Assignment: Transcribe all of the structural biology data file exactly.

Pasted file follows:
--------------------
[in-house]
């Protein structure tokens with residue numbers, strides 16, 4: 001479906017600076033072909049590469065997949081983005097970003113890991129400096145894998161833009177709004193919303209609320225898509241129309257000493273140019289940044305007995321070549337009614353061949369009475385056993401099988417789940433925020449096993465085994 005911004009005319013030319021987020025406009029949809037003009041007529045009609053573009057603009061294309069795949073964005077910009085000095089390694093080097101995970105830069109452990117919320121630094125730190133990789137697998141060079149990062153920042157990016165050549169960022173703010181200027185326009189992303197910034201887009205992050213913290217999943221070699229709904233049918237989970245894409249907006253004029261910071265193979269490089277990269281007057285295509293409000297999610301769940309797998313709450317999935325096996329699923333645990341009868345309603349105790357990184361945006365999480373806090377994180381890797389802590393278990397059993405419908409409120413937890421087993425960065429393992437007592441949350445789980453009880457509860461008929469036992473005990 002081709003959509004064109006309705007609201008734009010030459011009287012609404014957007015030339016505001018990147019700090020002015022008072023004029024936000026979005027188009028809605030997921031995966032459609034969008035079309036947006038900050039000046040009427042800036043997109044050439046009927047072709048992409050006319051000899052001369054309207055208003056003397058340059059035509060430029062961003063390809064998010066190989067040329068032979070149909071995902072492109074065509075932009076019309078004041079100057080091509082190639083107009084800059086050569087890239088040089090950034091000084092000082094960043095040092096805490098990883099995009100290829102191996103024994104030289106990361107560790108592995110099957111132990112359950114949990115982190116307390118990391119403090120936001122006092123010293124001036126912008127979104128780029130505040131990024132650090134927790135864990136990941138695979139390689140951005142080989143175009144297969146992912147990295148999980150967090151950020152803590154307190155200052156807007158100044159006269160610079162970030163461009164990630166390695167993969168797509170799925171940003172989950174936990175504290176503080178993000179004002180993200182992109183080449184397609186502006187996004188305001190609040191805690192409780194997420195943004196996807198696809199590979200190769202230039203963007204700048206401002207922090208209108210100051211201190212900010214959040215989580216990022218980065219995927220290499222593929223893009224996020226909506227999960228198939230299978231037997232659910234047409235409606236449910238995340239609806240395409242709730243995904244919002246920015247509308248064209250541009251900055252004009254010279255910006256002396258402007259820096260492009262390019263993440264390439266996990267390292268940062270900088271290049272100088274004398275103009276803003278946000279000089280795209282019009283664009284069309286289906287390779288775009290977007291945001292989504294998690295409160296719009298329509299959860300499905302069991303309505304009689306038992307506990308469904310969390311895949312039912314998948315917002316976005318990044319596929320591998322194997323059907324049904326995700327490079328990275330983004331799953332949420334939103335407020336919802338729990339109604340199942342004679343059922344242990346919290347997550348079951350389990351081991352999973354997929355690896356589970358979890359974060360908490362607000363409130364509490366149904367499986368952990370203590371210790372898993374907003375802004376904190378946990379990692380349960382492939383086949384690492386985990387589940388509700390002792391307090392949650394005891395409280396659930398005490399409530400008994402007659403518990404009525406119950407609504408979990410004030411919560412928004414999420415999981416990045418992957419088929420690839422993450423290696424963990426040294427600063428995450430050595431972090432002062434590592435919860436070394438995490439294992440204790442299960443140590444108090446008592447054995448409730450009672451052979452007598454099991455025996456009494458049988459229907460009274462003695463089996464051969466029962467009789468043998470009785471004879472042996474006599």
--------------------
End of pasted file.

[in-house]
């Protein structure tokens with residue numbers, strides 16, 4: 001479906017600076033072909049590469065997949081983005097970003113890991129400096145894998161833009177709004193919303209609320225898509241129309257000493273140019289940044305007995321070549337009614353061949369009475385056993401099988417789940433925020449096993465085994 005911004009005319013030319021987020025406009029949809037003009041007529045009609053573009057603009061294309069795949073964005077910009085000095089390694093080097101995970105830069109452990117919320121630094125730190133990789137697998141060079149990062153920042157990016165050549169960022173703010181200027185326009189992303197910034201887009205992050213913290217999943221070699229709904233049918237989970245894409249907006253004029261910071265193979269490089277990269281007057285295509293409000297999610301769940309797998313709450317999935325096996329699923333645990341009868345309603349105790357990184361945006365999480373806090377994180381890797389802590393278990397059993405419908409409120413937890421087993425960065429393992437007592441949350445789980453009880457509860461008929469036992473005990 002081709003959509004064109006309705007609201008734009010030459011009287012609404014957007015030339016505001018990147019700090020002015022008072023004029024936000026979005027188009028809605030997921031995966032459609034969008035079309036947006038900050039000046040009427042800036043997109044050439046009927047072709048992409050006319051000899052001369054309207055208003056003397058340059059035509060430029062961003063390809064998010066190989067040329068032979070149909071995902072492109074065509075932009076019309078004041079100057080091509082190639083107009084800059086050569087890239088040089090950034091000084092000082094960043095040092096805490098990883099995009100290829102191996103024994104030289106990361107560790108592995110099957111132990112359950114949990115982190116307390118990391119403090120936001122006092123010293124001036126912008127979104128780029130505040131990024132650090134927790135864990136990941138695979139390689140951005142080989143175009144297969146992912147990295148999980150967090151950020152803590154307190155200052156807007158100044159006269160610079162970030163461009164990630166390695167993969168797509170799925171940003172989950174936990175504290176503080178993000179004002180993200182992109183080449184397609186502006187996004188305001190609040191805690192409780194997420195943004196996807198696809199590979200190769202230039203963007204700048206401002207922090208209108210100051211201190212900010214959040215989580216990022218980065219995927220290499222593929223893009224996020226909506227999960228198939230299978231037997232659910234047409235409606236449910238995340239609806240395409242709730243995904244919002246920015247509308248064209250541009251900055252004009254010279255910006256002396258402007259820096260492009262390019263993440264390439266996990267390292268940062270900088271290049272100088274004398275103009276803003278946000279000089280795209282019009283664009284069309286289906287390779288775009290977007291945001292989504294998690295409160296719009298329509299959860300499905302069991303309505304009689306038992307506990308469904310969390311895949312039912314998948315917002316976005318990044319596929320591998322194997323059907324049904326995700327490079328990275330983004331799953332949420334939103335407020336919802338729990339109604340199942342004679343059922344242990346919290347997550348079951350389990351081991352999973354997929355690896356589970358979890359974060360908490362607000363409130364509490366149904367499986368952990370203590371210790372898993374907003375802004376904190378946990379990692380349960382492939383086949384690492386985990387589940388509700390002792391307090392949650394005891395409280396659930398005490399409530400008994402007659403518990404009525406119950407609504408979990410004030411919560412928004414999420415999981416990045418992957419088929420690839422993450423290696424963990426040294427600063428995450430050595431972090432002062434590592435919860436070394438995490439294992440204790442299960443140590444108090446008592447054995448409730450009672451052979452007598454099991455025996456009494458049988459229907460009274462003695463089996464051969466029962467009789468043998470009785471004879472042996474006599």